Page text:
Pope Francis washes the foot of a prisoner during the Holy Thursday Mass of the Lord’s Supper at Rome’s Casal del Marmo prison for minors March 28. (CNS photo/L’Osservatore Romano via Reuters)
By Bishop John Wester
One of the numerous surprising moments of Pope Francis’ young pontificate was the announcement that on Holy Thursday, March 28, he would celebrate the Mass of the Lord’s Supper at Rome’s Casa Del Marmo Youth Detention Centre. There, in an unforgettable moment, he washed the feet of 12 young inmates. In anticipation of the pope’s visit, one of them said, “At last I shall get to meet someone who says he is my father!”
This observation captures the power of the pope’s gesture. “True power is service,” Pope Francis said in his inaugural homily and later on Twitter. And the power of this particular act of service is that it cast a light where there was darkness, a light that allowed a young person the world had forgotten to experience a father’s love for the first time.
In Pope Francis’ first encyclical, Lumen Fidei (Light of Faith), published July 5, the pope says that faith is a light that comes directly from an encounter with God. “The light of faith is unique,” the pope writes, “since it is capable of illuminating every aspect of human existence.”
This includes the past and all the people who have walked the path of faith before us, but also the promises for the future that God makes and keeps because he is faithful. And of course it includes Jesus, the embodiment of God’s fulfilled promises.
“Faith does not merely gaze at Jesus, but sees things as Jesus himself sees them, with his own eyes,” Pope Francis writes. Christ’s way of seeing the world “enables us to grasp reality’s deepest meaning” and constantly guides us toward God. It is through this experience of Christ that our lives become “radically open to a love that precedes us, and love that transforms us from within, acting in us and through us in radical, often surprising ways.”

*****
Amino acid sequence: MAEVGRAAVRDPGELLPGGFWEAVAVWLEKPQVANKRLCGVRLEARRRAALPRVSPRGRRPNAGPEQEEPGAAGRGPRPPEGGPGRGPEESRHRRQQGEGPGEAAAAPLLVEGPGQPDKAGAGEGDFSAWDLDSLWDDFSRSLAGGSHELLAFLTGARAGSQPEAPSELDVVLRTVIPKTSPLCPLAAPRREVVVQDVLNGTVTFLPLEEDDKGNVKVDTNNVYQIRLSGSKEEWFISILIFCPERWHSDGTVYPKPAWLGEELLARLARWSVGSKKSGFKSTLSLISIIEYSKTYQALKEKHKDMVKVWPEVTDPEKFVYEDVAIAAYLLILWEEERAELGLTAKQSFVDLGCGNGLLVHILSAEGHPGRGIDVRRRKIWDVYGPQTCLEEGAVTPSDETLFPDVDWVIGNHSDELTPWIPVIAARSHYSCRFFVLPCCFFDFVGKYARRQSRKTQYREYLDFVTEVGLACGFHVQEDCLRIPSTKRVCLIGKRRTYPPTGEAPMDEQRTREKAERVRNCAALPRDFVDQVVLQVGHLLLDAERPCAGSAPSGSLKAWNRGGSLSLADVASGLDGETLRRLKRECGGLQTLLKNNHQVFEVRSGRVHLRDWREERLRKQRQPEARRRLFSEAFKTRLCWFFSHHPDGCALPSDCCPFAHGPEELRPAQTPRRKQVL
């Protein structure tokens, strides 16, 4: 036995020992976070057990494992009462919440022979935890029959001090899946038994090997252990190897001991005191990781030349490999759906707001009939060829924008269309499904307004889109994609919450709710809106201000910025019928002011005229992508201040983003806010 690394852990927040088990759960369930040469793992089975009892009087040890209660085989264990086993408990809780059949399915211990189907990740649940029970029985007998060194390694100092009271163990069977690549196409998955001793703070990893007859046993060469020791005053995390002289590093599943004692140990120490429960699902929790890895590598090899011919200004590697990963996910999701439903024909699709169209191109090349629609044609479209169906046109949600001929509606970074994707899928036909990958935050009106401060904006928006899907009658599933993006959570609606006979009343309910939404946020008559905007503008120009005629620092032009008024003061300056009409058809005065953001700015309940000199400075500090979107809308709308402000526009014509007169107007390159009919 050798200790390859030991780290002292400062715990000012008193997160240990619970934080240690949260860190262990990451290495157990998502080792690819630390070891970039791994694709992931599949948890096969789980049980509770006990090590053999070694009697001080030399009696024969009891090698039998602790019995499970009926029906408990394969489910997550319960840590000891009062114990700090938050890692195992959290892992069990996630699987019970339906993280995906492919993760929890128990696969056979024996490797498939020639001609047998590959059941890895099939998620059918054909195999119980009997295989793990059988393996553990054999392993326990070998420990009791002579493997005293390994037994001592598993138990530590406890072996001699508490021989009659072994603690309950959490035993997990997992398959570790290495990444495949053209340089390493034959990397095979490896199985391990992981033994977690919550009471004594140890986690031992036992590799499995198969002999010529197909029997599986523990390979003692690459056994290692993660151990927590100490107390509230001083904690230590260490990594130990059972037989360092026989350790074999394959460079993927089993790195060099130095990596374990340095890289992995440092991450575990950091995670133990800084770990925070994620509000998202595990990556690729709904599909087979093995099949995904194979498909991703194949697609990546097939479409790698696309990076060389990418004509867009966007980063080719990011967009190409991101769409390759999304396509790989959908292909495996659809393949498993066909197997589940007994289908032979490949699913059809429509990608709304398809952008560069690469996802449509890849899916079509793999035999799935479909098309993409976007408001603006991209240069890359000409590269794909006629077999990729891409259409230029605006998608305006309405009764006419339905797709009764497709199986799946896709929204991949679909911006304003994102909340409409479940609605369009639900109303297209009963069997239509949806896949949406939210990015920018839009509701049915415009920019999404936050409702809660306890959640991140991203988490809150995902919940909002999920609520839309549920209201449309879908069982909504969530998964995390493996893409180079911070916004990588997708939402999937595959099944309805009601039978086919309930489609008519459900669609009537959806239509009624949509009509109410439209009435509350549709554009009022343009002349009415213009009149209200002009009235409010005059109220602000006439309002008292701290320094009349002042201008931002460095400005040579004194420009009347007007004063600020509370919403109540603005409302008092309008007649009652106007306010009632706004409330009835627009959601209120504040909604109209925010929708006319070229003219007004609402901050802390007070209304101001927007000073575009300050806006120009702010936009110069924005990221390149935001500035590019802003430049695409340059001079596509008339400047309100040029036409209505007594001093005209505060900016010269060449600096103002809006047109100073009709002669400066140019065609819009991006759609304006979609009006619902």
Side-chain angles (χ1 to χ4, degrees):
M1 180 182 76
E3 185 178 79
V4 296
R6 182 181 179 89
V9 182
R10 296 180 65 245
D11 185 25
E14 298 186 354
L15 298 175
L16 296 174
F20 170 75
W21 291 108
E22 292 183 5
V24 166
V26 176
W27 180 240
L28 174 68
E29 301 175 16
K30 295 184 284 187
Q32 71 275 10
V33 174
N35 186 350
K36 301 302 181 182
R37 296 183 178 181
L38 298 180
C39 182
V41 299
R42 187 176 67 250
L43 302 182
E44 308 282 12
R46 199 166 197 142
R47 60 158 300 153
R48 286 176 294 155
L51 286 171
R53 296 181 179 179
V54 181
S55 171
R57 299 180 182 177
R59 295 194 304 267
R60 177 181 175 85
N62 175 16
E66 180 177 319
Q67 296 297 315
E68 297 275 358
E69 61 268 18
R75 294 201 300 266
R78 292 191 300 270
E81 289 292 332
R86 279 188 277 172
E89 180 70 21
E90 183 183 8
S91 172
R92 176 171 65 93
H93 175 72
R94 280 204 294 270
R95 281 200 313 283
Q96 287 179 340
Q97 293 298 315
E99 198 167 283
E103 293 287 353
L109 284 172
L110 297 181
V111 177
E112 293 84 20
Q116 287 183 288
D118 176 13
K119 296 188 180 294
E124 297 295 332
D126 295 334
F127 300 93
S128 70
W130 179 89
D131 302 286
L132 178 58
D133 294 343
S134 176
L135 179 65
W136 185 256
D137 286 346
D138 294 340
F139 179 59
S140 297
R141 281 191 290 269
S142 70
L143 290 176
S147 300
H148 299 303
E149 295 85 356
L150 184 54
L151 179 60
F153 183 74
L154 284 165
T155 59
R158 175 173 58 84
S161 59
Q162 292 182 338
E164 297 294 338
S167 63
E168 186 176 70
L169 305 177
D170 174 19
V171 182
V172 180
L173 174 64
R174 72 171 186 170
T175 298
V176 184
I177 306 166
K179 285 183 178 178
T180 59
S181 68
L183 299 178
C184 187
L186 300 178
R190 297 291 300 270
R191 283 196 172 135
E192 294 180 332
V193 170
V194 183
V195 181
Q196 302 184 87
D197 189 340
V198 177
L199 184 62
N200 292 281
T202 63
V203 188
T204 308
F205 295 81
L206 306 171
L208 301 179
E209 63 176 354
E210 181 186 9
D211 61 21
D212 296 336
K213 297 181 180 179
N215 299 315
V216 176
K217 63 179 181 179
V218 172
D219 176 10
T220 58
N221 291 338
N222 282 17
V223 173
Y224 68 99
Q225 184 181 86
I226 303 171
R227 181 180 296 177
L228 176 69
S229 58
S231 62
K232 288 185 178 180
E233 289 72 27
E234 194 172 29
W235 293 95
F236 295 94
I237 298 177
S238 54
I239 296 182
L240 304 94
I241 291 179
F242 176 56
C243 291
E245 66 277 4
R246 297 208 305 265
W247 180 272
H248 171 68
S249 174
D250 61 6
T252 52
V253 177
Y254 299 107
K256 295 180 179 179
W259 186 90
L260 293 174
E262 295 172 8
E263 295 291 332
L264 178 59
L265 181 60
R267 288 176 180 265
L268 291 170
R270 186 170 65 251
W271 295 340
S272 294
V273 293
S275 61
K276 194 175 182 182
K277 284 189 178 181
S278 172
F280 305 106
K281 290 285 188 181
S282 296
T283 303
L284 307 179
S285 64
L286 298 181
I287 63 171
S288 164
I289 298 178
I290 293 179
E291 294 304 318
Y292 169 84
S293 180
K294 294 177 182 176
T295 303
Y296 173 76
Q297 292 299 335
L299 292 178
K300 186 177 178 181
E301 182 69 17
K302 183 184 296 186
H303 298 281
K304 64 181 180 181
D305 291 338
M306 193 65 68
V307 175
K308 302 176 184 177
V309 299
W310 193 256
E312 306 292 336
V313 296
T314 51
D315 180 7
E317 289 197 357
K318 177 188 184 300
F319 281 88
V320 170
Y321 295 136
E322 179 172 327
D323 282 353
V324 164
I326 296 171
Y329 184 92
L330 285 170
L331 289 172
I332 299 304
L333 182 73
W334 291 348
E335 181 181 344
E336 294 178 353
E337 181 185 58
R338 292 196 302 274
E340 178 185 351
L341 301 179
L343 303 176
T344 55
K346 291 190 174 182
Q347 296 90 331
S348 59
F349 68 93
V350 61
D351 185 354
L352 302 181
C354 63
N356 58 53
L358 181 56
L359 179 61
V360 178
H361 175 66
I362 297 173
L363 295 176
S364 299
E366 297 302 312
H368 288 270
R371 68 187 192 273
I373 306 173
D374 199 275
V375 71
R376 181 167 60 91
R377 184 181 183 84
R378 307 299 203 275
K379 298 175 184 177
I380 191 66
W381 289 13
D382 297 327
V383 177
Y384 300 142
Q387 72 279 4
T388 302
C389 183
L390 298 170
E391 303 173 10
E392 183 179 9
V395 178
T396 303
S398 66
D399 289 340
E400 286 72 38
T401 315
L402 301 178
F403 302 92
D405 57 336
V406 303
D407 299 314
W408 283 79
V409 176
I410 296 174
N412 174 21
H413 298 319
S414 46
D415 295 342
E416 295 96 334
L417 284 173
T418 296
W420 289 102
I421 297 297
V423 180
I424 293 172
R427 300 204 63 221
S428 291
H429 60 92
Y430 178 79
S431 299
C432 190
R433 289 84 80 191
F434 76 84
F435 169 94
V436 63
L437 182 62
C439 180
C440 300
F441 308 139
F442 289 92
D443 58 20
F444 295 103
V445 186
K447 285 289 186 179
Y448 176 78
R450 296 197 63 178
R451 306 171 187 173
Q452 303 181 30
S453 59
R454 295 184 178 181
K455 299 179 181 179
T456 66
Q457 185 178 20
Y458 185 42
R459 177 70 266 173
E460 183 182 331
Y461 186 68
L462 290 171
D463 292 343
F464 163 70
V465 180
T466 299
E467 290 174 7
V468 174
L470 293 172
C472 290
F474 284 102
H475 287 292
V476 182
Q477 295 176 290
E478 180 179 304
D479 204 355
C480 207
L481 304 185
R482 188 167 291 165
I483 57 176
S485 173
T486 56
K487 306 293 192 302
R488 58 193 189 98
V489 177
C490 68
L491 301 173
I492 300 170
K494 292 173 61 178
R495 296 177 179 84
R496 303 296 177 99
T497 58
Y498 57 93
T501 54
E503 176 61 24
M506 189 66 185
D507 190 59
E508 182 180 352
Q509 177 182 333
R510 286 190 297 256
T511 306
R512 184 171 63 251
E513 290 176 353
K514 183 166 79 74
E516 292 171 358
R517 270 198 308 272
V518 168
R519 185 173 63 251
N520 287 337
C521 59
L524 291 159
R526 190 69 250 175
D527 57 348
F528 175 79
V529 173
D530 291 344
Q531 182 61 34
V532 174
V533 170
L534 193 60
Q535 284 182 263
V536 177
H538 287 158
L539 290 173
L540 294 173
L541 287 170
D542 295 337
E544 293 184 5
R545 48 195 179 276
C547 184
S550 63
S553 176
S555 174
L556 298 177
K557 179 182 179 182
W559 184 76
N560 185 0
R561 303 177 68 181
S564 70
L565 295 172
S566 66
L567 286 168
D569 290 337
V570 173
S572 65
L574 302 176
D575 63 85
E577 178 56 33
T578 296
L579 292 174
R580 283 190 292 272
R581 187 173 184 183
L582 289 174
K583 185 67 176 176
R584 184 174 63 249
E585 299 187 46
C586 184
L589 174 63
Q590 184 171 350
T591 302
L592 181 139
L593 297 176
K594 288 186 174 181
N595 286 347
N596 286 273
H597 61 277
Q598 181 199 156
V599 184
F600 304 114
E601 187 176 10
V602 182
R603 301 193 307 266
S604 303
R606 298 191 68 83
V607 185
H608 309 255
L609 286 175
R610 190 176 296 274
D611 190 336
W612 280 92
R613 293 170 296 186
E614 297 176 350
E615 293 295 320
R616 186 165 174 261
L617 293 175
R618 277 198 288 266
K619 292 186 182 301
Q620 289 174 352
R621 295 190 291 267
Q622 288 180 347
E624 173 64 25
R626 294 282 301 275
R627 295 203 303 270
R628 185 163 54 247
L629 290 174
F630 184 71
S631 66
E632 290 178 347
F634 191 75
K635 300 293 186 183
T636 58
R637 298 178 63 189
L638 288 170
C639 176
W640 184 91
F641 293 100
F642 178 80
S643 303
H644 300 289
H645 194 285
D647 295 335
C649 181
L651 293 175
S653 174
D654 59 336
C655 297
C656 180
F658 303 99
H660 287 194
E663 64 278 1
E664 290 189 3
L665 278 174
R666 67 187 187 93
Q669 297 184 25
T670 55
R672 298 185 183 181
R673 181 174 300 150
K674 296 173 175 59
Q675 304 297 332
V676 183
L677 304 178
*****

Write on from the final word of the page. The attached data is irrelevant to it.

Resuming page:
It’s not a stretch to think that Pope Francis washed the feet of the young inmates because he sees the world with the radical vision of Jesus, who sees that God loves these inmates as much as he love any other person. It also reflects the call of Jesus to serve those at the margins.
Like a light shining forth, faith makes a person go forth into the world. A person of faith must be ready “to come out of himself and find the God of perpetual surprises,” Pope Francis writes. Even the Ten Commandments, he writes, aren’t about rule keeping so much as “concrete directions for emerging from the desert of the selfish and self-enclosed ego in order to enter into dialogue with God, to be embraced by his mercy and then to bring that mercy to others.”
Those who believe in the light of faith, he says, come to see themselves as members of a body, in an essential relationship with others. This relationship goes beyond powerful symbolic gestures like washing feet and applies the same love to big-picture issues like just economic systems, care for creation and forgiving one another. But little gestures are vital, because they allow the light of faith to spread, even reaching places it hasn’t been for a long time or maybe has never been before.
Whether it’s his Holy Thursday Mass in prison or the July 8 Mass for migrants on Lamedusa Island, how many people have responded to the gestures of Pope Francis with surprise, followed by an enthusiasm for faith and even an openness to Christ and his Church that wasn’t there before? What a perfect example for the Church during the Year of Faith. The light of faith is powerful enough to help the whole world to see like Jesus.
Bishop Wester is bishop of the Diocese of Salt Lake City and chairman of the Communications Committee of the U.S. Conference of Catholic Bishops.